Often footbridges, which although visually intrusive, offer a better solution to the pedestrian crossing of suburban highways. This study describes the development of a stochastic logit model based on observations at two sites of different characteristics and usage on a single, three-lane carriageway in Baghdad to reflect the choice of pedestrians between convenience and safety. Results showed that the time taken to cross a carriageway without pedestrian crossings increases with traffic volume. Pedestrians crossed on a lane-by-lane basis with the shortest clearance time in the middle lane. The major part of the delay occurs at kerbside. Pedestrian sex was not found to be a significant factor, but the provision of escalators for ascent was influential in increasing utilisation. The model originally included a time ratio between footbridge and surface route as an explanatory variable, but this was found to be too complicated and was rejected. Convenience was represented by distance ratio and escalator provision, and traffic was used as proxy for the effect of safety in the model which explained 83 per cent of the variation in footbridge utilisation. (TRRL)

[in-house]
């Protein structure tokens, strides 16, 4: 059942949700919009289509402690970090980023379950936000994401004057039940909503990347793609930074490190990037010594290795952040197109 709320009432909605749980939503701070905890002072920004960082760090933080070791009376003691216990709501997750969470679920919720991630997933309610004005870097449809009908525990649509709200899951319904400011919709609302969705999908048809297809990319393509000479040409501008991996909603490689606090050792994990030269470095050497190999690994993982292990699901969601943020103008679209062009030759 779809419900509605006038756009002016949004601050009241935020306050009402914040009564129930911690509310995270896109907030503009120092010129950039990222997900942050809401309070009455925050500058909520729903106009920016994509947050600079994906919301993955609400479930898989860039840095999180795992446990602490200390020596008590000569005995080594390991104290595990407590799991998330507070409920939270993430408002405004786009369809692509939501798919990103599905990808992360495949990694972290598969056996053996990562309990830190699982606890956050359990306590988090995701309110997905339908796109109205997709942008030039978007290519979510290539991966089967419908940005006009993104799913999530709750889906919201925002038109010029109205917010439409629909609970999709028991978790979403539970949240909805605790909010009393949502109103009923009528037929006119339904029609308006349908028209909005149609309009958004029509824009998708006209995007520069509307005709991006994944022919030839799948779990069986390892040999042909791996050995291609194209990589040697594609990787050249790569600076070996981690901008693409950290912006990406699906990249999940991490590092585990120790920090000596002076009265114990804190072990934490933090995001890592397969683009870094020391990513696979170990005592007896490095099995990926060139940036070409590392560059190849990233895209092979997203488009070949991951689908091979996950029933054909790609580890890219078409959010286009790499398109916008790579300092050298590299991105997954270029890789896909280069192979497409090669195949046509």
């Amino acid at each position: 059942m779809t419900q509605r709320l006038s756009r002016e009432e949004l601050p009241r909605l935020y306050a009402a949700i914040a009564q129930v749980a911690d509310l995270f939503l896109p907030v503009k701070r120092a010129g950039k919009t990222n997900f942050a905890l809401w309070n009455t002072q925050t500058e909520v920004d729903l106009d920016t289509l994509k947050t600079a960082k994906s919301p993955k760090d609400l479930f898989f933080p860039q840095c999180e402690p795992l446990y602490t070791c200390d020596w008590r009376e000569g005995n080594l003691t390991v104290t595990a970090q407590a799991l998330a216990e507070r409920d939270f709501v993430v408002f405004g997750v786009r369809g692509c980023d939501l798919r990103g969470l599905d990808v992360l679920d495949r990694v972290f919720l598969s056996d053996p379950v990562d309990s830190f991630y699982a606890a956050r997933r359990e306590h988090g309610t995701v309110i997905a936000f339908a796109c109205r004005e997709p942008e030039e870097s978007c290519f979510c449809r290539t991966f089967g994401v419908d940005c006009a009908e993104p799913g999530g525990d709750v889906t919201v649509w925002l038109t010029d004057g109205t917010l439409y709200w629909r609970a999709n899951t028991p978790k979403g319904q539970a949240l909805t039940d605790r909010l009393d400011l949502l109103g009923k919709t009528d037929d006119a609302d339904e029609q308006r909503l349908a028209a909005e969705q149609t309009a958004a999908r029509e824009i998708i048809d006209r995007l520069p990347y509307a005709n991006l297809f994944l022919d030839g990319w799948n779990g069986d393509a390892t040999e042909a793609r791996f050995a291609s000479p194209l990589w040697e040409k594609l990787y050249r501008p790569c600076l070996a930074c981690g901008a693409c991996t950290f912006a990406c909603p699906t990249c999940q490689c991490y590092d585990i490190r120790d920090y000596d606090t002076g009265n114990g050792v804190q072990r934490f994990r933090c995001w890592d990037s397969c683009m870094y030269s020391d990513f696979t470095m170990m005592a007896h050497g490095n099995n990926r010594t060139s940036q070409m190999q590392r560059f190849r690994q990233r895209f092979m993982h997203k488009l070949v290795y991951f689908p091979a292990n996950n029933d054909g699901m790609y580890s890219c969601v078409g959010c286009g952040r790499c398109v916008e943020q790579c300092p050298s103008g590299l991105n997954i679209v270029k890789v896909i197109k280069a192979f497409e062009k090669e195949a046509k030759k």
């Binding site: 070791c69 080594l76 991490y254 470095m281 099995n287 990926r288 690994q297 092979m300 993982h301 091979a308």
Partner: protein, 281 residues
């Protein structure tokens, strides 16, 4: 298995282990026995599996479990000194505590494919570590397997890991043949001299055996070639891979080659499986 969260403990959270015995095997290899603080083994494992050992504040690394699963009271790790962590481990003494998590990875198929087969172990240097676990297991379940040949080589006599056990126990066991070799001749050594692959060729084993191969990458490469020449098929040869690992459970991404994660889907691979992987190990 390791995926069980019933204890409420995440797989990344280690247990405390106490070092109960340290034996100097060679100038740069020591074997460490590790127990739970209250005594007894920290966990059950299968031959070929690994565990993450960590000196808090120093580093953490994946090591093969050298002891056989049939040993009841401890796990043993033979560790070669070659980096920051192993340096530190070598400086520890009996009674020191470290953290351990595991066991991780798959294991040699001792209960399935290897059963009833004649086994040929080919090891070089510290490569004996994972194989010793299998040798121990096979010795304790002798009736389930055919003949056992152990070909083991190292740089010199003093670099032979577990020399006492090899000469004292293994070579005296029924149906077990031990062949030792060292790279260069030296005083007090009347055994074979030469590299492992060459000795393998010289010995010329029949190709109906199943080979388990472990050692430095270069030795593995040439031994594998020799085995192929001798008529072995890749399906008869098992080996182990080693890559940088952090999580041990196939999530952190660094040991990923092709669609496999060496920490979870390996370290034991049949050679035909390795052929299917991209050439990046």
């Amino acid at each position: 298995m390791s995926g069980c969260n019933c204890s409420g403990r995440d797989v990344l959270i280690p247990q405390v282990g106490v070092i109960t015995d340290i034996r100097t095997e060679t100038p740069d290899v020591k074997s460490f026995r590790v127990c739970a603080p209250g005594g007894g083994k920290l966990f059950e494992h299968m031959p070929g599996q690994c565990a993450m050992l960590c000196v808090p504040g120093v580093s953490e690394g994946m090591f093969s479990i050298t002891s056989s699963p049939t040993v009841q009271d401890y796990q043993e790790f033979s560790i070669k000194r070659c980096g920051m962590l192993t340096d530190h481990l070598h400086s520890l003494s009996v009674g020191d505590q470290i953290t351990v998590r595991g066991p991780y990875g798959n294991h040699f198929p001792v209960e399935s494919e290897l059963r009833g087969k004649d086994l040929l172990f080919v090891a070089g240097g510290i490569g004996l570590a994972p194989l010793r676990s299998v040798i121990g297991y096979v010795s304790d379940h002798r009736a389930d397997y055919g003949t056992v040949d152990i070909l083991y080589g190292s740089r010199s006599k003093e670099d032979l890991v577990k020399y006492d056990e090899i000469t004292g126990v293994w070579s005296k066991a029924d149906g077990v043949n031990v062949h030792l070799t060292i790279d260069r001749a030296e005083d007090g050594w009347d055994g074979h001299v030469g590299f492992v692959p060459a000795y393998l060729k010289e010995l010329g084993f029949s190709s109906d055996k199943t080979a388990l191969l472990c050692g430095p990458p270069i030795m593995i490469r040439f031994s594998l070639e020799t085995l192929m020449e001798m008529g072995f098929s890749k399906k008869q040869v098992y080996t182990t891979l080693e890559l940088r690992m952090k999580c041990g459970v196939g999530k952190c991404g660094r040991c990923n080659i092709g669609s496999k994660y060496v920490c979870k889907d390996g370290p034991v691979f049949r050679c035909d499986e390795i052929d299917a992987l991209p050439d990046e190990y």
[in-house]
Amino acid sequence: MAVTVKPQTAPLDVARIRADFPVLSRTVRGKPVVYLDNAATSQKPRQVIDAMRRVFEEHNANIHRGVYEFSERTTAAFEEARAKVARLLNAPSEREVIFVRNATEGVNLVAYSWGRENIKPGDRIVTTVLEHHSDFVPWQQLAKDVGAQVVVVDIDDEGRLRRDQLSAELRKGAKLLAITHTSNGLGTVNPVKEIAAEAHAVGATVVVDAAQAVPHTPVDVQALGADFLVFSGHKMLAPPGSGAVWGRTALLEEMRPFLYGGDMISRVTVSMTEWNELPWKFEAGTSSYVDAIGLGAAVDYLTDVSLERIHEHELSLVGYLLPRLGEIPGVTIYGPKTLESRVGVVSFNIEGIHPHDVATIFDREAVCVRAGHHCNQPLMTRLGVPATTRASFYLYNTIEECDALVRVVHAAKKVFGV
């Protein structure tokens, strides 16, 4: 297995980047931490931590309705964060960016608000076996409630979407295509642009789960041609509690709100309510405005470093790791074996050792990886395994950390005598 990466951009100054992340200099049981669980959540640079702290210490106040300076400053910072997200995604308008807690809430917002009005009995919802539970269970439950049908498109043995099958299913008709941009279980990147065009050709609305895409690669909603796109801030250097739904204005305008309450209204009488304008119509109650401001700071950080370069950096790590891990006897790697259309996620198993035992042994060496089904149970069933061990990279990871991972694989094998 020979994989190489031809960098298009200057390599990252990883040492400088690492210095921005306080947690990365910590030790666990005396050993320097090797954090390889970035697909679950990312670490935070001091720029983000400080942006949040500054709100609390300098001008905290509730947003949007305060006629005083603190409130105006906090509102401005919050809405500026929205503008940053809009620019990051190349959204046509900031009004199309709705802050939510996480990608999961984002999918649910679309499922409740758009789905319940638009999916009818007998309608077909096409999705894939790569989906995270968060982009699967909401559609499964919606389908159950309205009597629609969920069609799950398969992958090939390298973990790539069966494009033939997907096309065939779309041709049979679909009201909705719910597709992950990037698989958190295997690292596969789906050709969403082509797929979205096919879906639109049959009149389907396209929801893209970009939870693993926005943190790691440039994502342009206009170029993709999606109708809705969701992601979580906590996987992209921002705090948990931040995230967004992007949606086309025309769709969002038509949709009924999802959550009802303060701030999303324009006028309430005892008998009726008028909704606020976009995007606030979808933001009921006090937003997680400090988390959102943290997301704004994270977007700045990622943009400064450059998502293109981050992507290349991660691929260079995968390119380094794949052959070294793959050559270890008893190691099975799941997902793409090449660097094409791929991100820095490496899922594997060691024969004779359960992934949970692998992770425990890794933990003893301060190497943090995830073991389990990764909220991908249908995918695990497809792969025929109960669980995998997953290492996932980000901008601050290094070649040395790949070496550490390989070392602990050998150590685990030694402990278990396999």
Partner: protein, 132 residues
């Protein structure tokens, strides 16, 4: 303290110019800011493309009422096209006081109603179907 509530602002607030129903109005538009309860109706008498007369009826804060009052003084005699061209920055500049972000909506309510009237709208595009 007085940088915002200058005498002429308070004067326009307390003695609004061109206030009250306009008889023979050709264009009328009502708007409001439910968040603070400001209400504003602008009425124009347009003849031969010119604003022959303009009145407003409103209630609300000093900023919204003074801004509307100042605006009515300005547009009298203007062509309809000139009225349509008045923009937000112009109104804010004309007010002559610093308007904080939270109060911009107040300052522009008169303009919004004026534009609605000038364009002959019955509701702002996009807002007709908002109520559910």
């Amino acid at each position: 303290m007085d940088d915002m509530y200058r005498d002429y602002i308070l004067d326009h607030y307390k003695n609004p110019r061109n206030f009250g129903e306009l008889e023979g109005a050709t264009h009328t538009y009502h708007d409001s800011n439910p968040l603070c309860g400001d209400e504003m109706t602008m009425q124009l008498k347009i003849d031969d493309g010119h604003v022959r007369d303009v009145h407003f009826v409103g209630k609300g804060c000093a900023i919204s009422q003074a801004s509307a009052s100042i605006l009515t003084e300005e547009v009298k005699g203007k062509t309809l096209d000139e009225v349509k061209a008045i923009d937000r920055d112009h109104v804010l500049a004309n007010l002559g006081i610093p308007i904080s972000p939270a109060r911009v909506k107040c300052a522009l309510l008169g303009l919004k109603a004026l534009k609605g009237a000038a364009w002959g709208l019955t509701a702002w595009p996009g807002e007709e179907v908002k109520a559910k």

• Availability:
  • Corporate Authors:

    Printerhall Limited

    29 Newmart Street
    London W1P 3PE,   England 
  • Authors:
    • ALLOS, A E
    • Mohamad, A R
  • Publication Date: 1983-5

Media Info

Subject/Index Terms

Filing Info

  • Accession Number: 00381002
  • Record Type: Publication
  • Source Agency: Transport Research Laboratory
  • Report/Paper Numbers: HS-035 428
  • Files: HSL, ITRD, TRIS
  • Created Date: Jan 30 1984 12:00AM